High-Fructose Corn Syrup: Is It Sabotaging Your Diet?

Tuesday, September 26, 2006 - 2:57pm

By Adam Kessler, CSCS

As a society, we are seriously battling obesity right now, and it doesn’t look like we’re going to win anytime soon. However, new scientific discoveries suggest there could be hope. That’s because recently high-fructose corn syrup has been identified as a potentially significant contributor to obesity. If the theories are accurate, there may be some smart dietary changes you can make that will drastically improve your odds in the battle of the bulge.

What is high-fructose corn syrup?

Basically, high-fructose corn syrup is a sweetener in many foods that has risen in consumption during the past 25 years—from zero consumption in 1966 to 62.6 pounds per person in 2001. High-fructose corn syrup is made from corn starch and contains fructose and glucose, two sugar building blocks. It tastes sweeter than refined sugar, which makes it popular with food manufacturers because they can use less. Moreover, improved manufacturing methods in the 1980s prompted a boost in production and a drop in price below that of refined sugar. Back then, it wasn’t suggested that high-fructose corn syrup metabolized any differently than other sugars. Recent research, though, suggests otherwise.

The body uses glucose differently than fructose

Researchers say that the body absorbs fructose and glucose differently. When glucose is consumed, it kicks off a series of chemical reactions within the body which include delivering energy to the cells (by increasing the production of insulin), regulating appetite and fat storage (by increasing the production of a hormone called leptin), and regulating food intake (by suppressing the production of a hormone called ghrelin). Theoretically, hunger declines when ghrelin levels decline—which is what happens when you eat carbohydrates containing glucose.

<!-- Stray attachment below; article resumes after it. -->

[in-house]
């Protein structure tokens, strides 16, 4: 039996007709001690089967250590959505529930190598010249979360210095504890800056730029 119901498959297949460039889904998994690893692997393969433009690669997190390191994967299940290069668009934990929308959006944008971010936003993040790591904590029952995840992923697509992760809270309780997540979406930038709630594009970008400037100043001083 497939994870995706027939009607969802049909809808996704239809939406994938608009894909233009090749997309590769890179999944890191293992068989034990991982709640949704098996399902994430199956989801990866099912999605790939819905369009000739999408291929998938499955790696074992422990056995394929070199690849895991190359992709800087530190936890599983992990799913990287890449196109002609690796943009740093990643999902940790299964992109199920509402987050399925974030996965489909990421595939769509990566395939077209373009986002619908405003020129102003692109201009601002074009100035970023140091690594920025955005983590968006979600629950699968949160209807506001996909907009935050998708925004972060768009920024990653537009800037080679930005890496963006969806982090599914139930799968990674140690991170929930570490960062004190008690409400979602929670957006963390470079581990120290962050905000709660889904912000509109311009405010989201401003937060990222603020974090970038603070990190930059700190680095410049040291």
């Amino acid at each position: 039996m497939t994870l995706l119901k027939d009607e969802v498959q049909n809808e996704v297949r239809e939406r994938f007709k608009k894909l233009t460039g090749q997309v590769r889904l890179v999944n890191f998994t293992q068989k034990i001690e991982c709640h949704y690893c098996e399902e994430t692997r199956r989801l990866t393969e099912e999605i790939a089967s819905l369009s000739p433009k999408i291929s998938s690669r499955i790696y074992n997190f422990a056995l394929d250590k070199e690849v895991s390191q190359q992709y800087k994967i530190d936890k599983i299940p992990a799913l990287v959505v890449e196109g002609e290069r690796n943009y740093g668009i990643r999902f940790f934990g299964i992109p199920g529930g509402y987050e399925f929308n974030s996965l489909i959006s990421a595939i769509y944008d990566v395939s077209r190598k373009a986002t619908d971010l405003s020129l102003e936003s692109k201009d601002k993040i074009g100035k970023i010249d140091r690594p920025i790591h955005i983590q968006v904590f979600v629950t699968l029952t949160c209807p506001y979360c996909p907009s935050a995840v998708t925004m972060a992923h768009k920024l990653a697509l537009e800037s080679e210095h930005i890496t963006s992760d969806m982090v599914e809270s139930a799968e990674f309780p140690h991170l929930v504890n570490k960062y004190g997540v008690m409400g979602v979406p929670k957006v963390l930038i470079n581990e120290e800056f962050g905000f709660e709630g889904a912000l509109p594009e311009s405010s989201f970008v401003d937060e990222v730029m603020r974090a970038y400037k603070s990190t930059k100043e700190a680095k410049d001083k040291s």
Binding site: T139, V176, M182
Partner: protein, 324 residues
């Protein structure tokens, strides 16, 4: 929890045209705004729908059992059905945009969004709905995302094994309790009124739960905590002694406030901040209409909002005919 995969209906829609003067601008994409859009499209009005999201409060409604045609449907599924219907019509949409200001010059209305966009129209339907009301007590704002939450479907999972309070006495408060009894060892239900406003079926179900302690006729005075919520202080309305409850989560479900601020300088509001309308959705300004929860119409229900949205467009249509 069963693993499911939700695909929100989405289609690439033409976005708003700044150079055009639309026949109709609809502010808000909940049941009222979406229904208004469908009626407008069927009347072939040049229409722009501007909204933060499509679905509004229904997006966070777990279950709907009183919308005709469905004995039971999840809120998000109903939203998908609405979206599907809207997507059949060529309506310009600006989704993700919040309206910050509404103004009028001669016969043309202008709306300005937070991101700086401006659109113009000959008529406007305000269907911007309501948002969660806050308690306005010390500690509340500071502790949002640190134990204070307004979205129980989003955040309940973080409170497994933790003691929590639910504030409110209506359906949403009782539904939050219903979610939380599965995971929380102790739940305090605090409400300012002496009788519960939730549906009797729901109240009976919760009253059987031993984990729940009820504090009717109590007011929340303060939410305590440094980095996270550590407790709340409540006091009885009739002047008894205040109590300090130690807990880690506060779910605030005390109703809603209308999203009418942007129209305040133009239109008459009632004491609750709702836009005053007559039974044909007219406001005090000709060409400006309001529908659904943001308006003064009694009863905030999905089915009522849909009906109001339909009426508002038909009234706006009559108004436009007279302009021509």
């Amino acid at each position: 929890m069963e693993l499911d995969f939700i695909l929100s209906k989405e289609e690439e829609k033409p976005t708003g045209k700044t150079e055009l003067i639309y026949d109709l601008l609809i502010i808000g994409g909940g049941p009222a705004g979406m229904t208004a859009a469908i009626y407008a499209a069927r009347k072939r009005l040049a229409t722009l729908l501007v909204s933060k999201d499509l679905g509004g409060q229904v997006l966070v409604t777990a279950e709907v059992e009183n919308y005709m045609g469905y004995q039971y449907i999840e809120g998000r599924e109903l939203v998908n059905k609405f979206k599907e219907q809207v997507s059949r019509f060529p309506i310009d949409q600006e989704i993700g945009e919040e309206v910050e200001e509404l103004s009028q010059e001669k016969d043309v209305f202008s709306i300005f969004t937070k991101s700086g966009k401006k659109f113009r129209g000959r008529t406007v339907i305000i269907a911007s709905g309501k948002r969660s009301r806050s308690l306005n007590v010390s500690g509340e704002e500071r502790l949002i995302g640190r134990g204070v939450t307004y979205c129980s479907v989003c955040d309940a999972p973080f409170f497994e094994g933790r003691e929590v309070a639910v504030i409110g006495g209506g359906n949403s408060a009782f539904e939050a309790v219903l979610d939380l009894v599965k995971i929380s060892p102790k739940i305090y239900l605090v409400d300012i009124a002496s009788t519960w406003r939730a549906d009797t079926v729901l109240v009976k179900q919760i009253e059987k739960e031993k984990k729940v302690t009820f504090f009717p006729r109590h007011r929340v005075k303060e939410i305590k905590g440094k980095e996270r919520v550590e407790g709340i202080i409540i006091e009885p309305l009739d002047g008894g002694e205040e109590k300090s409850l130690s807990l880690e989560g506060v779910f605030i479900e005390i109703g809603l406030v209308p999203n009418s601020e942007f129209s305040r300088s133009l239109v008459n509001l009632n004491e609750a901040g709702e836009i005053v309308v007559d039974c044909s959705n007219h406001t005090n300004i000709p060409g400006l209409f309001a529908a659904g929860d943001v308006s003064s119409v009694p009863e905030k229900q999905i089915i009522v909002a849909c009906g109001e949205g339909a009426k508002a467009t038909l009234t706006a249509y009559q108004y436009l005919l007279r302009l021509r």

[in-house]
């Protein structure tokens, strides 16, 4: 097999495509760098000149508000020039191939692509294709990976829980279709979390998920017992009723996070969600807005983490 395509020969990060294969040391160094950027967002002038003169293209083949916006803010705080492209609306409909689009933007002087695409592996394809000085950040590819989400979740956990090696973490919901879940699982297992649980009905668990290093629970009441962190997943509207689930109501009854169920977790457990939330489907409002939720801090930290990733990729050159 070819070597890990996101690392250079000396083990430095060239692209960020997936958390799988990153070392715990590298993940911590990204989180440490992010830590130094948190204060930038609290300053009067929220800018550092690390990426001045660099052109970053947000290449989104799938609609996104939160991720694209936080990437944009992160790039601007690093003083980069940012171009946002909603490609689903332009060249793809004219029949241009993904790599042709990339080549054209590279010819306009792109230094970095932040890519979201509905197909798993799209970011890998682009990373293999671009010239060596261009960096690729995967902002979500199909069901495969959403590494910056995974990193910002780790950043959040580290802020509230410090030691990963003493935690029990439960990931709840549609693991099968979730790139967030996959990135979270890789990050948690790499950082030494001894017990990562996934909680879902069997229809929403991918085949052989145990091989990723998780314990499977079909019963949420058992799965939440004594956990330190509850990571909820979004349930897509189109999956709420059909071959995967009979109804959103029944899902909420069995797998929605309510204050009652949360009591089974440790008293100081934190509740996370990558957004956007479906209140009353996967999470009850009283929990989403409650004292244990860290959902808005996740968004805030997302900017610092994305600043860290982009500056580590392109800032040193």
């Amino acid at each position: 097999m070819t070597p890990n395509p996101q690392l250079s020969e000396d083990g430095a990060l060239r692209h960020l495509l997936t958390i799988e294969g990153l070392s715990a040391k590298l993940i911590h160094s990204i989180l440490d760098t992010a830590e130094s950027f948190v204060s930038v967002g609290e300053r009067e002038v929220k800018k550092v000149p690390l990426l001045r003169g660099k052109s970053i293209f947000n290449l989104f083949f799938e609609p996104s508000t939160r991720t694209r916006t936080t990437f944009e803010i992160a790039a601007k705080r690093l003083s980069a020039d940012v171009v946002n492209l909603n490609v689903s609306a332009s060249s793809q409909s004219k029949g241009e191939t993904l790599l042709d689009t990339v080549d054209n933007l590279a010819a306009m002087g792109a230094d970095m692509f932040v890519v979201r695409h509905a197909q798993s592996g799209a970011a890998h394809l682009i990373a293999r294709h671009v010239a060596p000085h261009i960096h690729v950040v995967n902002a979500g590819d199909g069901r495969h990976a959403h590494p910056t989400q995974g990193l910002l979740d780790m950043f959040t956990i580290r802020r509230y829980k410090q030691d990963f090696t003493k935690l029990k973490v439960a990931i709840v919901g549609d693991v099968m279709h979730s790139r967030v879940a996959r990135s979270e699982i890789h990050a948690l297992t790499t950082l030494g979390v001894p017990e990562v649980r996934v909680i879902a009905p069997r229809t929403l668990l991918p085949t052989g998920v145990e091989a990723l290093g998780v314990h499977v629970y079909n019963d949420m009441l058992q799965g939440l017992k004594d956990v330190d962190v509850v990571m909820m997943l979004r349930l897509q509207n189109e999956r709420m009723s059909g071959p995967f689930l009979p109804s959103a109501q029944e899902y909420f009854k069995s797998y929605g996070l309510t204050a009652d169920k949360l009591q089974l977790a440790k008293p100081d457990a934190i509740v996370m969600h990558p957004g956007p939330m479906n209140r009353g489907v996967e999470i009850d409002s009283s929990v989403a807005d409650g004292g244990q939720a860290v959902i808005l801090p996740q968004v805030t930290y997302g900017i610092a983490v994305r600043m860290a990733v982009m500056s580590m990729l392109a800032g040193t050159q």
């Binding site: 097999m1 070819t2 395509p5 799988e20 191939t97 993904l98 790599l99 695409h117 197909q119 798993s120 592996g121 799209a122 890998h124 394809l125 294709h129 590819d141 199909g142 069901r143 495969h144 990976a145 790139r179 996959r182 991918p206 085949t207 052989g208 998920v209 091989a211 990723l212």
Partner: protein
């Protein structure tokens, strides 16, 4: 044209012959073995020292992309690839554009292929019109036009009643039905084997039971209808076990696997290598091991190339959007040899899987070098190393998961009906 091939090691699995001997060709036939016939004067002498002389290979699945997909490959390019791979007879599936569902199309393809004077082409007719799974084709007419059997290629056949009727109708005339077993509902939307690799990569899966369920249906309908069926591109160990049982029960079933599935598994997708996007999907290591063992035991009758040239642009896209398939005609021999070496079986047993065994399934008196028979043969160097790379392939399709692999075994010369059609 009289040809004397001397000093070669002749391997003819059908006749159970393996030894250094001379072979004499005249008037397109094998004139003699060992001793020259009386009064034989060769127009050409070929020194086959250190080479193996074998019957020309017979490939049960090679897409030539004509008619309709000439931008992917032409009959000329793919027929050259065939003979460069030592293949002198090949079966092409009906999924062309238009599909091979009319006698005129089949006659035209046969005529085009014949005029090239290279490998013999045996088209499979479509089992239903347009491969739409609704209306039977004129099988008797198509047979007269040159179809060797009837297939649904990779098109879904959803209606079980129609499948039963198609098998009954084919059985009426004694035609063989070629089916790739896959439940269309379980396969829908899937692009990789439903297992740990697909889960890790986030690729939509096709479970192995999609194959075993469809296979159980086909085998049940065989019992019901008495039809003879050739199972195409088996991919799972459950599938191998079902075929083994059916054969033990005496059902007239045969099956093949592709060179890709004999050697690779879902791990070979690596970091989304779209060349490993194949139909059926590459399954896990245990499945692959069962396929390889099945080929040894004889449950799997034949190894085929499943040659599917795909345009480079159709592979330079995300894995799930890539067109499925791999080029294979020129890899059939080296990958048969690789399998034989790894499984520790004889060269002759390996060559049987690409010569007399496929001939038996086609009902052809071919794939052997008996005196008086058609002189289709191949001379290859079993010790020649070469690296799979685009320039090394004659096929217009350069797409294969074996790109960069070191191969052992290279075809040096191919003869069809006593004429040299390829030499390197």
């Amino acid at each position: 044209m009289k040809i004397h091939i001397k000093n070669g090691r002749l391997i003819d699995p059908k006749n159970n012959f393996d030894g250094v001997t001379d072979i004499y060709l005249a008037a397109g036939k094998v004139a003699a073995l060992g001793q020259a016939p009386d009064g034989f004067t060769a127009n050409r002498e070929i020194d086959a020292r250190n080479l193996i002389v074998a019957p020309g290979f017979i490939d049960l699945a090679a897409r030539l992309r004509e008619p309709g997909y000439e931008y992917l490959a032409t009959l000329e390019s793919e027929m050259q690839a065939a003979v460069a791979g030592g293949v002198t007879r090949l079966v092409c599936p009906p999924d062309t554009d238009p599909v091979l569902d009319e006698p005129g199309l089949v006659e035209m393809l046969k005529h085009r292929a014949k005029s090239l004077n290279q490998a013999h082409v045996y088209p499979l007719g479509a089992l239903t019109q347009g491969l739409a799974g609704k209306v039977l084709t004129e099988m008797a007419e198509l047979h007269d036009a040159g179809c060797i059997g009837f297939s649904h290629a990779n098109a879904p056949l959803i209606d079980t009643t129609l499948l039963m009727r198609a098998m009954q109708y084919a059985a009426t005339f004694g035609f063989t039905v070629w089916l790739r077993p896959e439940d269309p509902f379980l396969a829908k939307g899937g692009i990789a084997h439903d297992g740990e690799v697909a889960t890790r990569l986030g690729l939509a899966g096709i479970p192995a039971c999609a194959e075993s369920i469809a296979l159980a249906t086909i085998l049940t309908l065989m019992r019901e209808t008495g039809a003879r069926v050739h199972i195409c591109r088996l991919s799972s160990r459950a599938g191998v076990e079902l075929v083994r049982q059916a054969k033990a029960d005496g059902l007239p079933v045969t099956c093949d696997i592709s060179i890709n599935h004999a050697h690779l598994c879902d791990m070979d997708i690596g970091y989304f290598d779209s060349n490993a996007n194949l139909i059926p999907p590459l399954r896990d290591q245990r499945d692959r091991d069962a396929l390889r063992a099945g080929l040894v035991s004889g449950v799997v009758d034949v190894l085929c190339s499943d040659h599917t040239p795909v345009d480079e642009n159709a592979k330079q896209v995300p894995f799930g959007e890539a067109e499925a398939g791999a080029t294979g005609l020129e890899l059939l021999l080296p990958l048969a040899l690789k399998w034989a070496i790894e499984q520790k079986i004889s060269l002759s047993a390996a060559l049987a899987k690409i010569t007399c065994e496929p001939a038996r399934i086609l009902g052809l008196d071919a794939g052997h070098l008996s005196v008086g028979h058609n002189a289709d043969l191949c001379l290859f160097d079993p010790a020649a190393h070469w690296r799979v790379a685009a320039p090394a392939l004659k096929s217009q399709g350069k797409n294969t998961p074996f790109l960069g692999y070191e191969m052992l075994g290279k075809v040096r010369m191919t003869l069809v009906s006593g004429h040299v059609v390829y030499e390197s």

Why fructose is especially harmful

On the other hand, the body uses fructose a lot differently. Fructose appears to act more like fat in terms of weight regulation. Preliminary tests suggest that consuming too much fructose is like consuming too much fat, and could cause weight gain. Why? Because fructose does not increase insulin secretion or leptin production, nor does it suppress ghrelin. Because it doesn’t do any of these things, theoretically it will not regulate your food intake and decrease your hunger.

Unfortunately, not enough studies have been done to prove this theory. Other detrimental effects of fructose were shown during research at the University of Minnesota, which found that fructose had negative effects on the human liver by increasing production levels of triglycerides. (High levels of triglycerides are linked to heart disease.) The university’s research saw this rise in triglycerides higher in men than women. Thus, they concluded that a diet high in fructose is detrimental, especially in men.

There are still skeptics who claim that high-fructose corn syrup acts no differently than any other sugar. Until scientists can draw some definitive conclusions, they recommend limiting consumption to the 10% daily recommendation of table sugars (suggested by the World Health Organization).

Where do you find high-fructose corn syrup

This sweetener is everywhere. Soft drinks and lemonade are the leading products containing high-fructose corn syrup. However, it can also be found in cookies, gum, jams, jellies, baked goods, and breads. It is in leading brands such as Gatorade®, Smuckers Jelly®, Wonder Bread®, and a lot of pasta sauces. Many people claim you can taste the difference in foods containing high-fructose corn syrup. For example, breads with fructose taste heavier than breads without fructose, which are lighter and fluffier.

Until more is known, I suggest you limit your of high-fructose corn syrup foods. In general, it’s always a good idea to watch your portions and increase your intake of fruits and vegetables. The next time you are watching a TV show discussing obesity, pay close attention and see if the people make this statement: "When I get depressed, I eat bags and bags of carrots and I just can’t stop. That’s why I’m fat.” I didn’t think so.

Some information referenced from The Washington Post, March 11, 2003.